Ultrastructure of Trimastix pyriformis (Klebs) and similarities of Trimastix species with retortamonads and jakobids

Charles J. O'Kelly

Bigelow Laboratory for Ocean Sciences, West Boothbay Harbor, Maine, USA

Mark A. Farmer

University of Georgia, Athens, Georgia, USA

Thomas A. Nerad

American Type Culture Collection, Manassas, Virginia, USA

Protist 150: 149-162 (1999)

Trimastix pyriformis (Klebs 1893) Bernard et al. 1999, is a quadriflagellate, free-living, bacterivorous heterotrophic nanoflagellate from anoxic freshwaters that lacks mitochondria. Monoprotist cultures of this species contained naked trophic cells with anterior flagellar insertion and a conspicuous ventral groove. Bacteria were ingested at the posterior end of the ventral groove, but there was no persistent cytopharyngeal complex. The posterior flagellum resided in this groove, and bore two prominent vanes. A Golgi body (dictyosome) was present adjacent to the flagellar insertion. The kinetid consisted of four basal bodies, four microtubular roots, and associated fibers and bands. Duplicated kinetids, each with four basal bodies and microtubular root templates, appeared at the poles of the open mitotic spindle. Trimastix pyriformis is distinguishable from other Trimastix species on the basis of external morphology, kinetid architecture and the distribution of endomembranes.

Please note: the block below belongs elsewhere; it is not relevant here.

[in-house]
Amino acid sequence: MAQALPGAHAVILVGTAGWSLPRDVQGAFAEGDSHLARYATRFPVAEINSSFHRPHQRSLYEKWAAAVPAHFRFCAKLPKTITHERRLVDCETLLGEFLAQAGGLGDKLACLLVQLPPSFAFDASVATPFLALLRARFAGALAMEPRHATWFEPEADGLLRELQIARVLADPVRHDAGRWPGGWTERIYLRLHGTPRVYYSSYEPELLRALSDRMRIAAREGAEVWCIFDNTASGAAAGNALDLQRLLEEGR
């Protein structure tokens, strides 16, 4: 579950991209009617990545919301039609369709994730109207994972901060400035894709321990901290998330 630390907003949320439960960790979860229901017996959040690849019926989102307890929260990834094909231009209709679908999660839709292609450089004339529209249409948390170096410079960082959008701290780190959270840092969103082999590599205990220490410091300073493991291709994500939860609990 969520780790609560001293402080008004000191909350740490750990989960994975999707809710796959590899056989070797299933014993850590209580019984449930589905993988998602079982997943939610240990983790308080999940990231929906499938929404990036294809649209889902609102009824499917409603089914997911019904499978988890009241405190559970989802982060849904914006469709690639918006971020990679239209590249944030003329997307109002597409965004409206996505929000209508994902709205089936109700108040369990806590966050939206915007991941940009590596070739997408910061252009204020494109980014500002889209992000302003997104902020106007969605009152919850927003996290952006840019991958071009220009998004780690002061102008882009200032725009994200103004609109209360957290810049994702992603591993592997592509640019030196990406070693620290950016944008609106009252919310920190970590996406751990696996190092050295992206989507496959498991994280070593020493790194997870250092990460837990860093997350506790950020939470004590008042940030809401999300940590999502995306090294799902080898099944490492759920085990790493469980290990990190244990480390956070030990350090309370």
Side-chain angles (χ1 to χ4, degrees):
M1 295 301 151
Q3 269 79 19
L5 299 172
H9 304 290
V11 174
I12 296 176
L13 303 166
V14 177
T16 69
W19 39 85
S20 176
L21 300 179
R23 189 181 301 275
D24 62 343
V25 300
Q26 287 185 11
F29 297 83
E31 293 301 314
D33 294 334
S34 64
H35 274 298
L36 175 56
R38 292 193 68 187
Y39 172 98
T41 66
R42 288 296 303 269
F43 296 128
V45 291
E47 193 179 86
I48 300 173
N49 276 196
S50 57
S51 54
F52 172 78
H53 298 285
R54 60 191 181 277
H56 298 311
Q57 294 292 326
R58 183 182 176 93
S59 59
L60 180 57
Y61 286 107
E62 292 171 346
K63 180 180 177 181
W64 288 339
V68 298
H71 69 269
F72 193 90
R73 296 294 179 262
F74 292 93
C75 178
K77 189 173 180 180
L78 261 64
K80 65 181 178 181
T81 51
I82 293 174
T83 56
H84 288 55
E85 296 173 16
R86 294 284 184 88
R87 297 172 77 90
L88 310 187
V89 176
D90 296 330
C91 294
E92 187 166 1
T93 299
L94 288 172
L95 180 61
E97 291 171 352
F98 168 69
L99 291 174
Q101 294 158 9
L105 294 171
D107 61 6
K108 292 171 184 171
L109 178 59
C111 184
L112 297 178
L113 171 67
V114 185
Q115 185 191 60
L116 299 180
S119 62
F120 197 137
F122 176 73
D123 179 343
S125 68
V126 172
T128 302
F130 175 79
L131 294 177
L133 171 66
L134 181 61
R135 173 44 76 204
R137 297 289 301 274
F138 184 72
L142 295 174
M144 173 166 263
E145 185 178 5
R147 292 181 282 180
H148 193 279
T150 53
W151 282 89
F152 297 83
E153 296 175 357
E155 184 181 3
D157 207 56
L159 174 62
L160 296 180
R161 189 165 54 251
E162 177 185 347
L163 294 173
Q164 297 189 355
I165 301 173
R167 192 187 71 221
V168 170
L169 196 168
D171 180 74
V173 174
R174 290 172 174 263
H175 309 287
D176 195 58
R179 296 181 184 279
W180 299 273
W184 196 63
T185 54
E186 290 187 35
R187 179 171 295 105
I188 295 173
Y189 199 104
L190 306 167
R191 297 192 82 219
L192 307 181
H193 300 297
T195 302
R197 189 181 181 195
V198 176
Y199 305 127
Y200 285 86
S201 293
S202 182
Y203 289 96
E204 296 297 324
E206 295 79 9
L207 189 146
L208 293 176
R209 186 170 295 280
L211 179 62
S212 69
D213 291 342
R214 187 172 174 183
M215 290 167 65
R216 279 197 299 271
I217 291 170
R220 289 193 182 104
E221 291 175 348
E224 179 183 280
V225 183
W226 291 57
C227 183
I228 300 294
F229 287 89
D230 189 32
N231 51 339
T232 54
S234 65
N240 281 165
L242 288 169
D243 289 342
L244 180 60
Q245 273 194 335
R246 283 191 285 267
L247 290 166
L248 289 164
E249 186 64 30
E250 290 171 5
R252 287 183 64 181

Trimastix species are most similar to jakobid flagellates, especially Malawimonas jakobiformis, and to species of the retortamonad genus Chilomastix. Retortamonads may have evolved from a Trimastix-like ancestor through loss of "canonical" (easily seen with electron microscopy) endomembrane systems and elaboration of cytoskeletal elements associated with the cytostome/cytopharynx complex.

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